By Jacob Hill.
School in Finland is drastically different than ours. We go sit in classrooms for eight hours, four or five days a week. Finnish students have only an hour or two of class time, and little or no homework ever. Contrary to what might be expected, they have the best rated educational system in the entire world. Their secret lies in the fact that most of the schools the kids go to in Finland have their instruction outdoors. While there is learning done in a schoolroom, it averages less than four hours a day – the rest of the time is spent outdoors. They run around, play games, explore, or whatever they please. This builds large amounts of self-reliance, communication, cooperation, and connection with others. Time spent with others their respective age allows young students to develop effective social skills. Additionally, the shorter classes enables students to more effectively focus on the lesson, and retain and understand the material. On top of that, because they accomplish most of the discovering, learning, and growing on their own, these changes are never forgotten. In America, children are essentially trained to be factory workers. We sit in straight lines, do exactly as we’re told, and raise our hands to speak. We have small breaks, and eight-hour school days. That sounds strikingly similar to a normal workday in a factory.
Why don’t we give every student their own personal curriculum and education? In Finland, students are often one-on-one with their teachers. This allows them to learn at their own level and pace. When a class is simply lectured at from a podium, some people understand while others struggle. The classroom society of our schools kills originality and self-reliance because other people can help with what you don’t know. This is not right. A change must be made.
Now, I’m not pleading drastic changes all at once. Frankly, that could cause even more problems, but it also reveals another point of conflict. We Americans are so dependent on what we know and have right now that we’re afraid to change something, and not understand it. Our schools are suffering, yet no one wants to risk doing anything different. We must take a stand, those few that are willing to risk it. If we try, others will join us. Regardless, we cannot simply allow our education to plummet in value, and drag our nation right along with it. We should be taught to prepare for the future, not be trapped in a failing tradition. We, the students, are the future of our nation. It rests on our shoulders alone. If we are not ready for the weight, what will happen when we fall? Education is the foundation to a truly “great” America. And our foundation is cracked and worn. It’s time to make a change, and lay a new foundation.Today, we are facing a crisis. America boasts of its freedom and so-called limitless possibilities, and yet beneath this golden shell, a festering and unsavory truth lurks. We, the United States of America, are struggling, and it isn’t a fight that we are winning. Our grand country is beginning to fade, and others are rushing to take our place. But despite our frequent and seemingly earnest efforts, we are constantly withheld from achieving our goals . And one of our greatest and most difficult roadblocks? Education. Our schools are not what they should be. Students are not learning so much as reciting facts and formulas for a test that will likely never impact their lives again. When it comes to overall knowledge and understanding, our “great nation” is terribly represented. In a number of studies done over the past few years, some disturbing data was collected.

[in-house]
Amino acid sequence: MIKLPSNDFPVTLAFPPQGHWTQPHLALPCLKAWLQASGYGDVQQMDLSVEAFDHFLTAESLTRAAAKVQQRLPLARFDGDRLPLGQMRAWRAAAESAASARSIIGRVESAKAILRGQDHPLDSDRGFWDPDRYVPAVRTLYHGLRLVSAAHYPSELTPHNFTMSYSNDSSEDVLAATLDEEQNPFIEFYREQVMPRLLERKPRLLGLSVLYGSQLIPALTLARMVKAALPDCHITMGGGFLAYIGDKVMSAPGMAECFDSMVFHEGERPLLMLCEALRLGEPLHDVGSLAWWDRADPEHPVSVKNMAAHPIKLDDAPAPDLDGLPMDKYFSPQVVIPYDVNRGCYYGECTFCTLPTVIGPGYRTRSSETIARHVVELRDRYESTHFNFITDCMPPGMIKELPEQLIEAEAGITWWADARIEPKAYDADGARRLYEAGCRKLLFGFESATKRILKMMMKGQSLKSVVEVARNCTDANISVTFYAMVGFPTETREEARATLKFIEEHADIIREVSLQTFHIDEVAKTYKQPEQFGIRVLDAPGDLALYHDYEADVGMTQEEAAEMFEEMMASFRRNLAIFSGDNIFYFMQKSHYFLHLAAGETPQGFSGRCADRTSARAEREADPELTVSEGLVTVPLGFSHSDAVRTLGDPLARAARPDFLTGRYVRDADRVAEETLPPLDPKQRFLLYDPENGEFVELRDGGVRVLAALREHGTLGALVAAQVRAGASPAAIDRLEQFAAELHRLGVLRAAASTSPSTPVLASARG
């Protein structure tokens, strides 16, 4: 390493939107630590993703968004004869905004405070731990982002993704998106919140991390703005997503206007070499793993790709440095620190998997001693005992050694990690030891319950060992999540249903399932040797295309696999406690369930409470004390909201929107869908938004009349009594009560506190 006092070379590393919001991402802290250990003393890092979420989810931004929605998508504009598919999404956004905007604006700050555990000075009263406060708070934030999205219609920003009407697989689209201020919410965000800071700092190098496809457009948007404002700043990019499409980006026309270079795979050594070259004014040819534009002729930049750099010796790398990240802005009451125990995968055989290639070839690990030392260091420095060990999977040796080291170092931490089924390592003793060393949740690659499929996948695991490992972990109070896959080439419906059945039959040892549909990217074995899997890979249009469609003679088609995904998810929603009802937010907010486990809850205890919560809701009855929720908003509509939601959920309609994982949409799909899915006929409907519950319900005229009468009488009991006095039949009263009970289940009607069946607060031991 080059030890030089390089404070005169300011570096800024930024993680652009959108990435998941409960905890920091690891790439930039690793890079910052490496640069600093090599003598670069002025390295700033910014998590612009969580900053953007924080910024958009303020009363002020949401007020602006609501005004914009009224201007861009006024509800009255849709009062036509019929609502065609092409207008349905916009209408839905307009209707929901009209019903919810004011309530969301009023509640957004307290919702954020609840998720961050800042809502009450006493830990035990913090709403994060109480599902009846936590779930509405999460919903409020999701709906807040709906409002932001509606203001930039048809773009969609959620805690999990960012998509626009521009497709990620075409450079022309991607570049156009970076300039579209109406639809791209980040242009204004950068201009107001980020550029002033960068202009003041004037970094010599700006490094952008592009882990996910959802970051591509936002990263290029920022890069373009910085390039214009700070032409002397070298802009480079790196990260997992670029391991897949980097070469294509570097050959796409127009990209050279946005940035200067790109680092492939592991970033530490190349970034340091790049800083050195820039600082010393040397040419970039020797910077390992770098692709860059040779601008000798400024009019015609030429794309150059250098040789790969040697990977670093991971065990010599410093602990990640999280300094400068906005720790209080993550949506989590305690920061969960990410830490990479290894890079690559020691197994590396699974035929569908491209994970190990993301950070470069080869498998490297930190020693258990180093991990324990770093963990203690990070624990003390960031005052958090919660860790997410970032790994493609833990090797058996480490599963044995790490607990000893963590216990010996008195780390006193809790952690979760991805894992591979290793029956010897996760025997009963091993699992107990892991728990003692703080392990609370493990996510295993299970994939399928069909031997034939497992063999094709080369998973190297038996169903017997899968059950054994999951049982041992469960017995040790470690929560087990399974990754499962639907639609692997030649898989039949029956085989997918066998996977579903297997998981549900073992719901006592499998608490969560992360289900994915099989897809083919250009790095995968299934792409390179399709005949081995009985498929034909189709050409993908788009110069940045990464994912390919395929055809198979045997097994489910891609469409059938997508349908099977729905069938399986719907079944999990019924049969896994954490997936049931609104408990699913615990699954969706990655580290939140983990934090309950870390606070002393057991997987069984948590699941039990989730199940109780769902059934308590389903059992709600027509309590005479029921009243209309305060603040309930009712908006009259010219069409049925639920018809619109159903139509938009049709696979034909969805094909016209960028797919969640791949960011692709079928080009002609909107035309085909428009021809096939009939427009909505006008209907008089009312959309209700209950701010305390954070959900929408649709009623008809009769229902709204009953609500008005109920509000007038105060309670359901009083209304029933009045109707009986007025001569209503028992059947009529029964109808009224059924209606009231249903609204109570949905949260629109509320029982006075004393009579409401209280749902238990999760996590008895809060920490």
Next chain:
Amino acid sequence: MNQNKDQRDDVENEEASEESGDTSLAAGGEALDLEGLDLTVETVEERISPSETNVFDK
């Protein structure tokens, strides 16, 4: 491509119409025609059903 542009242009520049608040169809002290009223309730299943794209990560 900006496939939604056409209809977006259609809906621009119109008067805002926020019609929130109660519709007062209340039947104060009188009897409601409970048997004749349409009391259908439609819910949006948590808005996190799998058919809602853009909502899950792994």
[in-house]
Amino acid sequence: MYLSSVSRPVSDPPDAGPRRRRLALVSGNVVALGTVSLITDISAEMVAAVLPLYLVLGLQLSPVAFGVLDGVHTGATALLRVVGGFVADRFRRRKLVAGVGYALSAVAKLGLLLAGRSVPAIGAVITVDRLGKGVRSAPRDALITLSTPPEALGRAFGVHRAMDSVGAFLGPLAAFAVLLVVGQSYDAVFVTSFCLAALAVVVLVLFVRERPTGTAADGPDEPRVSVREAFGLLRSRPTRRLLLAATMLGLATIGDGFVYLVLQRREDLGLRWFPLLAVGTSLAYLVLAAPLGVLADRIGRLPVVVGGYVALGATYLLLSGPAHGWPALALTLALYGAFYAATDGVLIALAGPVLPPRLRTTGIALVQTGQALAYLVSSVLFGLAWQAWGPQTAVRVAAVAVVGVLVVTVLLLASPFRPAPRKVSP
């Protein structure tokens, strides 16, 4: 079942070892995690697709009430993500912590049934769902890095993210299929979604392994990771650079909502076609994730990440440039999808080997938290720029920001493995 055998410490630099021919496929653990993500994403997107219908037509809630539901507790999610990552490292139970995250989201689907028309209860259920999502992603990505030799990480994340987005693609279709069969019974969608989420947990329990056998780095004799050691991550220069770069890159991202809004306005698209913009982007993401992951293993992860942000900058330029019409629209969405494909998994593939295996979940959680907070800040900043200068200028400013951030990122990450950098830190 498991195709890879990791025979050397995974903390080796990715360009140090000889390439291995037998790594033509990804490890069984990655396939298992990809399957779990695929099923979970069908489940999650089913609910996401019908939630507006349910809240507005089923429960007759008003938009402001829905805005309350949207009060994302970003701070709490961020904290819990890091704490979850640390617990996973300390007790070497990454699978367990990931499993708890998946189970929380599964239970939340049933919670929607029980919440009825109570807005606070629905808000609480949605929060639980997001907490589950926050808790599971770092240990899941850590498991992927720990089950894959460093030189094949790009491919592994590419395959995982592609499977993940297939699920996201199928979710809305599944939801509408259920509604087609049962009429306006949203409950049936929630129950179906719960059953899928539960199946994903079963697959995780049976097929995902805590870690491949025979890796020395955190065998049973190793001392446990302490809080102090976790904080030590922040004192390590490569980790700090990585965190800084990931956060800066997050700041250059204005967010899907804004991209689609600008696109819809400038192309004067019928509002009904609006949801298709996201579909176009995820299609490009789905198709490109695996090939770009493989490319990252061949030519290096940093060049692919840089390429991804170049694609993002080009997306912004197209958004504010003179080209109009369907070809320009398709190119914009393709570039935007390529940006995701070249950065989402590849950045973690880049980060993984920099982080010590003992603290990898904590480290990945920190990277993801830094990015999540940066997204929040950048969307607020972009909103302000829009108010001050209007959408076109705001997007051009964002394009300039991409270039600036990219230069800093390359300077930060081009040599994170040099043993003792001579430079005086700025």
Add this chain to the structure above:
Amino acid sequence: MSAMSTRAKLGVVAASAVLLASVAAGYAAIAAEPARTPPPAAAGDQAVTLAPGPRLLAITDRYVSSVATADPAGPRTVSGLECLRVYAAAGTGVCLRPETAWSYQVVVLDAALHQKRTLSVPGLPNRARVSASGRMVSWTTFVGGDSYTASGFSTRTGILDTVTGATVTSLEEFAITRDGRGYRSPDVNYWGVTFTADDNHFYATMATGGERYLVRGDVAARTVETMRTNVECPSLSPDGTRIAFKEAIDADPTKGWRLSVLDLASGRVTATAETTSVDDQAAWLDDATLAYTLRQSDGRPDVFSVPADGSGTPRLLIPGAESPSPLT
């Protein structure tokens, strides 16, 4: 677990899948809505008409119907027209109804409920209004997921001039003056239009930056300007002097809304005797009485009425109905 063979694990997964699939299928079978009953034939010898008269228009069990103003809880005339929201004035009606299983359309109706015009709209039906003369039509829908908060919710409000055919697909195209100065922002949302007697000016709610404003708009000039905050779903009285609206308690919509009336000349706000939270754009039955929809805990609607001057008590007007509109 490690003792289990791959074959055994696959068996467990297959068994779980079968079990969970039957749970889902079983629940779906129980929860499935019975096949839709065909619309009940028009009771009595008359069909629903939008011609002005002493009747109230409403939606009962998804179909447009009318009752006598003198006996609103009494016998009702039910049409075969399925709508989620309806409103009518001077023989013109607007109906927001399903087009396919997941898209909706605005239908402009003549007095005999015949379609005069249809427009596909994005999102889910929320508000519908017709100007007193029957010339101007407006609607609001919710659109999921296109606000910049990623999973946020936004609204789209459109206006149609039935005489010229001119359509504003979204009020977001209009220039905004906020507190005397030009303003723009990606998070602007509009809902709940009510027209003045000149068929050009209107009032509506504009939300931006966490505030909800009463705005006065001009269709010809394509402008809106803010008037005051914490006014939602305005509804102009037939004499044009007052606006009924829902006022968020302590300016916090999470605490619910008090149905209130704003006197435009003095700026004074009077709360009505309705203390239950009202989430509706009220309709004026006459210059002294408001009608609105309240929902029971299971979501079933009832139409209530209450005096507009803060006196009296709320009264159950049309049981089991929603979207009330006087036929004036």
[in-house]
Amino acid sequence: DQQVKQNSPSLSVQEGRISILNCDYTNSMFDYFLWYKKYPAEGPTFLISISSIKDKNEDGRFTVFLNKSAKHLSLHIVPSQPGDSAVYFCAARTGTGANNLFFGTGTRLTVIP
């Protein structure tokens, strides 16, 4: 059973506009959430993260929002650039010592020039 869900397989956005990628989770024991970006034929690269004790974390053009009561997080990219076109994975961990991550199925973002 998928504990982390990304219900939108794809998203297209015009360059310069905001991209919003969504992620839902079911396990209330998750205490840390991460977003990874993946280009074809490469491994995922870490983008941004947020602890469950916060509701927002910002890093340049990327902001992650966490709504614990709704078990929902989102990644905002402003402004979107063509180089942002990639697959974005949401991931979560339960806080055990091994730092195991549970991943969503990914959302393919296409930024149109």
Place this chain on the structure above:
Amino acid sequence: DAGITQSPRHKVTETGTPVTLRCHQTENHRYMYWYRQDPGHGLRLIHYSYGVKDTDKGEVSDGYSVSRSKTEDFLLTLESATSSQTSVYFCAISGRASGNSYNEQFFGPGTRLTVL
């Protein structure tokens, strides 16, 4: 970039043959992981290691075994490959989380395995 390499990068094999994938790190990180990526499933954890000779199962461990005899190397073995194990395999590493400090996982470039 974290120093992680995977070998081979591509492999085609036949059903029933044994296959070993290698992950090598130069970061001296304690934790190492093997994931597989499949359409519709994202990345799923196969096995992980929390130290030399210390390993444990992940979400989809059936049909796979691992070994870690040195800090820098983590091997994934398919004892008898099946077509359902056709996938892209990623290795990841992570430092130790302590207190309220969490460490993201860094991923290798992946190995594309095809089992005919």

Out of all the adults in America, less than 40% have completed at least an Associate’s Degree. Even just basic education is lacking in our society. In a test to discover the average literacy rate in the 50 states, it was found that 14% of all adults in the U.S. can’t even read. That’s around 32 million adults. On top of that, a further 19% of high school graduates can’t read either. How come our national educational standards are so low? Why can’t we figure out a way to learn and teach more effectively? Fortunately for us, there may be a solution. Believe it or not, it comes from the unlikely country of Finland.